Listed below are selected learning outcomes in the area of critical thinking that Western Washington University is actively integrating into its curriculum. Each learning outcome is listed with its definition, along with a description of how Edward Vajda's teaching strategies meet each of these student learning outcome goals.
|Learning Outcomes||Definition||Course Outcomes|
|Identification||Accurately identifies and interprets evidence.||My Eurasian language and culture courses bring a wealth of new facts to my students, much of it gleaned from my own recent field research.|
|Alternative Consideration||Considers major alternative points of view.||Students are shown how prevalent approaches to language structure sometimes fail to account for the more exotic facts about Siberian languages, necessitating the introduction of novel categories. Similarly, culture courses centered on nomadic peoples provide an alternative worldview alongside the more familiar history of sedentary civilizations.|
|Accurate Conclusions||Draws warranted, judicious, non-fallacious conclusions.||Information from studying Inner Asia help foster a deeper and more complete understanding of the complex connections between various Eurasian languages and people. It also broadens student knowledge of how much language structures and cultural categories can vary across the world.|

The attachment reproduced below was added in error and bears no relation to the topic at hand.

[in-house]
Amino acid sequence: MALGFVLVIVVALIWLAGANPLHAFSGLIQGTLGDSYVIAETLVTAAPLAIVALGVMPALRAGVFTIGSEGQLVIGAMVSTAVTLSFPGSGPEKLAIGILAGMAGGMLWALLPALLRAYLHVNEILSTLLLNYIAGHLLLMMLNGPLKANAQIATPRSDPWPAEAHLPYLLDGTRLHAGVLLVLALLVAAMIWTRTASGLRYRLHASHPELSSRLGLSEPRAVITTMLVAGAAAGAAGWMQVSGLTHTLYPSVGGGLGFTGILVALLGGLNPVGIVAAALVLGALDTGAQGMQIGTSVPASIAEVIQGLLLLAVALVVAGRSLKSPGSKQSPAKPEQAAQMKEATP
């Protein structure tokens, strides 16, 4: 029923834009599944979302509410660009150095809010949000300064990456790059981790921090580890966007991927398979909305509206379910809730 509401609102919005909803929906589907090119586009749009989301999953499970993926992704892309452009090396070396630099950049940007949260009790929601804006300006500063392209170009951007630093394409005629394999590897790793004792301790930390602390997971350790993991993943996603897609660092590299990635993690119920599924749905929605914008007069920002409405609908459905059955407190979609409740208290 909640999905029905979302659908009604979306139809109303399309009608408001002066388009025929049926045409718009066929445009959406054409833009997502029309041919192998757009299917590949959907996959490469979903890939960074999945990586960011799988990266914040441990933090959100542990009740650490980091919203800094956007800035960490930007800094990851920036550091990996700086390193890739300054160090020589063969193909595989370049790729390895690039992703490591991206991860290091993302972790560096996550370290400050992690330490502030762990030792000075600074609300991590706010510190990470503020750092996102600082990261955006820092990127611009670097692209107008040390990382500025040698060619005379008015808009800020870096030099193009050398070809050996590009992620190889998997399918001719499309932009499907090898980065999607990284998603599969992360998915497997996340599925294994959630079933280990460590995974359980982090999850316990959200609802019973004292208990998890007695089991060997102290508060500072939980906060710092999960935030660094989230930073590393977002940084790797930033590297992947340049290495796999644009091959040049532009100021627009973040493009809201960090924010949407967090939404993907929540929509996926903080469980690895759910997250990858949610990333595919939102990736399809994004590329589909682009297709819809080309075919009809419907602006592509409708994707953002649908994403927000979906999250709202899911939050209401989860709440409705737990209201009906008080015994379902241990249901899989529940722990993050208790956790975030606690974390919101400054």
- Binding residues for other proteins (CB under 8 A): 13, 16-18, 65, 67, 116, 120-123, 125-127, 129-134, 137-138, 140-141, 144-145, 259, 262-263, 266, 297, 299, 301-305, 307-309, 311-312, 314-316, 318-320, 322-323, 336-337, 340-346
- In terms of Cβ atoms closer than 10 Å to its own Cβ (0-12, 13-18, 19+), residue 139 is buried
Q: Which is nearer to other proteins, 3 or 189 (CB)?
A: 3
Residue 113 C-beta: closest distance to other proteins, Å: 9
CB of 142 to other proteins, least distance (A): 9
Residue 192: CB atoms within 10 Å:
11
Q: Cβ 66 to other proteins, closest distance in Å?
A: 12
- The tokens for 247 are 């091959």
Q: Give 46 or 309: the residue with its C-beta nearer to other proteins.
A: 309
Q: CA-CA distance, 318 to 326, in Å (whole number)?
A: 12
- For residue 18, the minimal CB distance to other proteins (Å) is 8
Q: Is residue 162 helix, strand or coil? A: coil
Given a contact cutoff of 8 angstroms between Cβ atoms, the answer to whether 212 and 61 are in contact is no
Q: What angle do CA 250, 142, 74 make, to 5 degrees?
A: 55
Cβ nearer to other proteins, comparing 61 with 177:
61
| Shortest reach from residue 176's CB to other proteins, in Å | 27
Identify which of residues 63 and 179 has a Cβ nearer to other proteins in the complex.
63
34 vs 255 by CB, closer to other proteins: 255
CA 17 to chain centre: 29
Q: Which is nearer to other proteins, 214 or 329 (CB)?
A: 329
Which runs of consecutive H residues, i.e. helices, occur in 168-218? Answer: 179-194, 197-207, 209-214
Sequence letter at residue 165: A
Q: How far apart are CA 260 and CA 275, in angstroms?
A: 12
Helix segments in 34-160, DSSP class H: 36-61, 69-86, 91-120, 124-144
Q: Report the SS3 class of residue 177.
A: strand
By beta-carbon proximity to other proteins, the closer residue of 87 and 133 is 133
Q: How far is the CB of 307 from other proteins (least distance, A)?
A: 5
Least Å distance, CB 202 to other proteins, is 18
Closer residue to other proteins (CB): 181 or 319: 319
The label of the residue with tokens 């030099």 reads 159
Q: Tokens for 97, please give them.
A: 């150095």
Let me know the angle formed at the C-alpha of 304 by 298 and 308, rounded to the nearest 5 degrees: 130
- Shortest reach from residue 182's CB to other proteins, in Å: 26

|Justification||Justifies key results and procedures, and explains assumptions and reasons.||No advance in descriptive and theoretical linguistics can be made without recourse to new language data, such as that available from the less-well studied languages of Inner Asia. Consideration of this data leads to the refinement of general theories. Similarly, offering students a glimpse into the cultural world of Siberian forest nomads provides a distant and unexpected mirror that reflects our own social structures in a new light.|
Adapted from Western Washington University's Learning Outcomes for Writing II.